A new artificial intelligence algorithm has found that the fingerprints of a single person may be more similar than previously believed. This discovery could have major implications for forensic investigations.
A research team at Columbia University developed an AI system that analyzed a database of 60,000 fingerprints. They found the AI could predict whether two prints came from the same person with 77% accuracy, even if they were from different fingers.
This challenges the assumption that prints from separate fingers have few similarities. If prints found across different crime scenes show unexpected commonalities, investigators may now be able to connect them to one perpetrator.
The AI focuses on the central swirls and loops of fingerprints rather than traditional comparison points like endpoints and bifurcations. Study leader Dr. Hod Lipson believes this fresh perspective allowed it to spot new connections.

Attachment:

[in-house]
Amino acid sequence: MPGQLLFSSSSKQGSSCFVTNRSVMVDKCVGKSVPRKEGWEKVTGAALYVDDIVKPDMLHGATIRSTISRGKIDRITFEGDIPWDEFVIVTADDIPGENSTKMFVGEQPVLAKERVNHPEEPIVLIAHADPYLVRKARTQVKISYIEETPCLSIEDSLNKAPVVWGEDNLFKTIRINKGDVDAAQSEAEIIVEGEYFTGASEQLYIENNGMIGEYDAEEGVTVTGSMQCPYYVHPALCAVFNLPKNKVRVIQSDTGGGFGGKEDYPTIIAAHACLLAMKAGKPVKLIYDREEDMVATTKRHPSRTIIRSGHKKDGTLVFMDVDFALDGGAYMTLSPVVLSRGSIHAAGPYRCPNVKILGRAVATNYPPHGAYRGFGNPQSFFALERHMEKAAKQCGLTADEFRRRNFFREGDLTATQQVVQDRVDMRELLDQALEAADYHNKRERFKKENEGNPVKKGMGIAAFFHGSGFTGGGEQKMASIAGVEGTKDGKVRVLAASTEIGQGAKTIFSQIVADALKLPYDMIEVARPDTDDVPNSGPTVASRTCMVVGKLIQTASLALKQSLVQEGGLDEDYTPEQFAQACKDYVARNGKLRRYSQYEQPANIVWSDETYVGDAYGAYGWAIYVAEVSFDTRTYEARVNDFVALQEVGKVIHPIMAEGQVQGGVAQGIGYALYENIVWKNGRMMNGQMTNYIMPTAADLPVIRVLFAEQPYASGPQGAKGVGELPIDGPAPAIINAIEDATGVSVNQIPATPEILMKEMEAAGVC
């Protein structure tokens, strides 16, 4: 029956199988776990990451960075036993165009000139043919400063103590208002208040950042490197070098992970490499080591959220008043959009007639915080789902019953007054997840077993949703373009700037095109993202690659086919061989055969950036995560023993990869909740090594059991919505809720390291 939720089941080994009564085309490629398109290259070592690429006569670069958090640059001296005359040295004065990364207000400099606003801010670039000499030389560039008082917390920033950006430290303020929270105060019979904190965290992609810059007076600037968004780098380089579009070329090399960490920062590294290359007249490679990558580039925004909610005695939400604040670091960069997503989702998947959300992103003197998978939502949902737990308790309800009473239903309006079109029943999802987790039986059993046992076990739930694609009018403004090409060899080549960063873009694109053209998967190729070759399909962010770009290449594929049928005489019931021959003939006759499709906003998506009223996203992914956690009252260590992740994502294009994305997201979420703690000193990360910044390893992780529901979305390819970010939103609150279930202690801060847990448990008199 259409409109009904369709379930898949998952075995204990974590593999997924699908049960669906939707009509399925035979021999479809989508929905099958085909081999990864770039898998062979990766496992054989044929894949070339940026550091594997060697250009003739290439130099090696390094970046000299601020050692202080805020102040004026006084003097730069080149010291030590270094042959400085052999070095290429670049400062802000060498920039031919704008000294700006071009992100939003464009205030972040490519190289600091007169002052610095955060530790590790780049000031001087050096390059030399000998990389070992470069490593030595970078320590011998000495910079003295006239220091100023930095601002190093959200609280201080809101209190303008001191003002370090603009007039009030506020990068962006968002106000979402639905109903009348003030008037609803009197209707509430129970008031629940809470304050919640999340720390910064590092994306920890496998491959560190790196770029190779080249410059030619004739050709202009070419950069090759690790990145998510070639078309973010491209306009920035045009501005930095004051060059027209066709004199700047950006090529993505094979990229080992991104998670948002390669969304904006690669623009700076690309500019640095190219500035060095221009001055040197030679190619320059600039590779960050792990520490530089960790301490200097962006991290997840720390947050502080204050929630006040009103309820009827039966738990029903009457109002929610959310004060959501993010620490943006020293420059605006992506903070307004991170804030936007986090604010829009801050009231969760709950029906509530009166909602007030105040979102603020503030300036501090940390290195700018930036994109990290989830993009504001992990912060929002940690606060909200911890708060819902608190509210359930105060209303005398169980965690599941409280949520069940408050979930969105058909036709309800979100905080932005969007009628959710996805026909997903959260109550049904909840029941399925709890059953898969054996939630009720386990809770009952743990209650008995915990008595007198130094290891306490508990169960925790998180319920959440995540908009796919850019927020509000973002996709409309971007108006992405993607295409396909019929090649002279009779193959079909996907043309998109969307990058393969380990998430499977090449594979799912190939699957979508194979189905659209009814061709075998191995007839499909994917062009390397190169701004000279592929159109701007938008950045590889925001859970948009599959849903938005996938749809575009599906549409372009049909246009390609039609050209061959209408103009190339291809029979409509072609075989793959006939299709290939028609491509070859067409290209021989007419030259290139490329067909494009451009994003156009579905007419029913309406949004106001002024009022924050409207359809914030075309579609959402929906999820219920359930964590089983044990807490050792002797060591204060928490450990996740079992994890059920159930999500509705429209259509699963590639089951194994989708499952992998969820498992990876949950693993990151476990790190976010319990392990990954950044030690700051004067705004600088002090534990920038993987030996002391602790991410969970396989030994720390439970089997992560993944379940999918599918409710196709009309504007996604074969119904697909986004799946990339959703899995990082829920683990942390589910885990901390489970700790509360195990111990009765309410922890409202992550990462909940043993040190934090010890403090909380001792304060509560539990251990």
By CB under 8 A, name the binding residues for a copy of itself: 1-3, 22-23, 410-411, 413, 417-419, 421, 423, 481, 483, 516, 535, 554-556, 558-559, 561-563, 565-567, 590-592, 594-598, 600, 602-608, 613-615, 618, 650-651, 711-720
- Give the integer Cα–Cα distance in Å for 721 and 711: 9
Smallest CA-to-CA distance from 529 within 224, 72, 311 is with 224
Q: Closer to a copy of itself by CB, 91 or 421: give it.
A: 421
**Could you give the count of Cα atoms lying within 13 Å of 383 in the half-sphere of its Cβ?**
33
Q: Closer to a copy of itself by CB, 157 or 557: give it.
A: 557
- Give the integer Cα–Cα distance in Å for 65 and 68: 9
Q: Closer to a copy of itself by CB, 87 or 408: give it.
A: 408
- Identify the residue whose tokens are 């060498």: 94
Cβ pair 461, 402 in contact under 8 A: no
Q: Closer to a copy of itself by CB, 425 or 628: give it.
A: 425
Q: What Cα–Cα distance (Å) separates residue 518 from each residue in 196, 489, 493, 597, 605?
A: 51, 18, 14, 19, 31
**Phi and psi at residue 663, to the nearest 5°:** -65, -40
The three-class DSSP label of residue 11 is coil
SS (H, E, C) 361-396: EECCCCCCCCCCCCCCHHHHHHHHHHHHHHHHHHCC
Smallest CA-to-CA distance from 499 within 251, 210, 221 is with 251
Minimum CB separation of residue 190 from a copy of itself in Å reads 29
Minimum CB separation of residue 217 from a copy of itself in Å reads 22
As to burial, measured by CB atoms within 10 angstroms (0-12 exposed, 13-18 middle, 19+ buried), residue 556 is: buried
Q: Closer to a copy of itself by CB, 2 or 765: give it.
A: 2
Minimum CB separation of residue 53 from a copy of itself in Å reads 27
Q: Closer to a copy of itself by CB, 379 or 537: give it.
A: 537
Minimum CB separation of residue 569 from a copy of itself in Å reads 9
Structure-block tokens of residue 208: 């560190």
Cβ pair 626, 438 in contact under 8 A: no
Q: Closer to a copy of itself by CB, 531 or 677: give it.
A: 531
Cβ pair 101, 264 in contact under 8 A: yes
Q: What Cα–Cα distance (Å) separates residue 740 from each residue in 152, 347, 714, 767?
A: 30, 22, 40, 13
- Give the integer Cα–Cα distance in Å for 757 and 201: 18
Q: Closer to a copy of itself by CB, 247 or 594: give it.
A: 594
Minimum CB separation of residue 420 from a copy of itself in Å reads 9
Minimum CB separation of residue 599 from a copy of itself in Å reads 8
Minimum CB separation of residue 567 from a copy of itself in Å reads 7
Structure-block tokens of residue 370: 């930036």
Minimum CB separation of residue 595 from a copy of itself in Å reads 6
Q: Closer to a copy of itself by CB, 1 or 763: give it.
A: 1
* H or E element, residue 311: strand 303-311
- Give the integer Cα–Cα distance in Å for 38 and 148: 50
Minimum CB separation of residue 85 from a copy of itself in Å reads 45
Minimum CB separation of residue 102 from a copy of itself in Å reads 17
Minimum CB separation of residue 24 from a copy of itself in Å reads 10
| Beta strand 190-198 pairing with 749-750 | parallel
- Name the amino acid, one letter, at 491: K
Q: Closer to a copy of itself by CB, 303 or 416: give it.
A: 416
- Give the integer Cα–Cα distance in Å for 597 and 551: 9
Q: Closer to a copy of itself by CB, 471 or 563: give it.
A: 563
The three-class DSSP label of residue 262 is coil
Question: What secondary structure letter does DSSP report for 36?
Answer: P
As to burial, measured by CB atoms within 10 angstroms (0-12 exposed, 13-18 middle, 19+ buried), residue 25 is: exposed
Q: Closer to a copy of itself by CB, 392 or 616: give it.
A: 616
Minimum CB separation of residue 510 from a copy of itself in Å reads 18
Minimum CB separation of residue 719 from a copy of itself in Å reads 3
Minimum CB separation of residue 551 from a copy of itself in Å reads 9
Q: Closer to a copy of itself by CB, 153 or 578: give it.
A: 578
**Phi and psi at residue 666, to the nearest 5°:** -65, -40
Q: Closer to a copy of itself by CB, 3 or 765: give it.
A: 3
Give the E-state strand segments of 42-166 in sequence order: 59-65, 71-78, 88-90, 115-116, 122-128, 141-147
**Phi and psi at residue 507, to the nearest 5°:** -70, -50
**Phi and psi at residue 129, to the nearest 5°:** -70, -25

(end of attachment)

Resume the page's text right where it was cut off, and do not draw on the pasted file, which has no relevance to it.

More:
“AI can find patterns that even domain experts miss,” said Dr. Lipson. “This could help crack cold cases or clear innocent suspects.”
While our own prints may be more alike than thought, the chance of matching another person remains infinitesimally small—estimated at 1 in 64 billion. So don’t worry about someone stealing your identity with a fake fingerprint just yet.
Factors like nutrition and blood flow in utero cause variation even between identical twins. Meanwhile, animals like gorillas and koalas have unique prints just like humans.
This new discovery opens up possibilities for re-examining fingerprint evidence, using AI’s new perspective to spot connections investigators previously missed.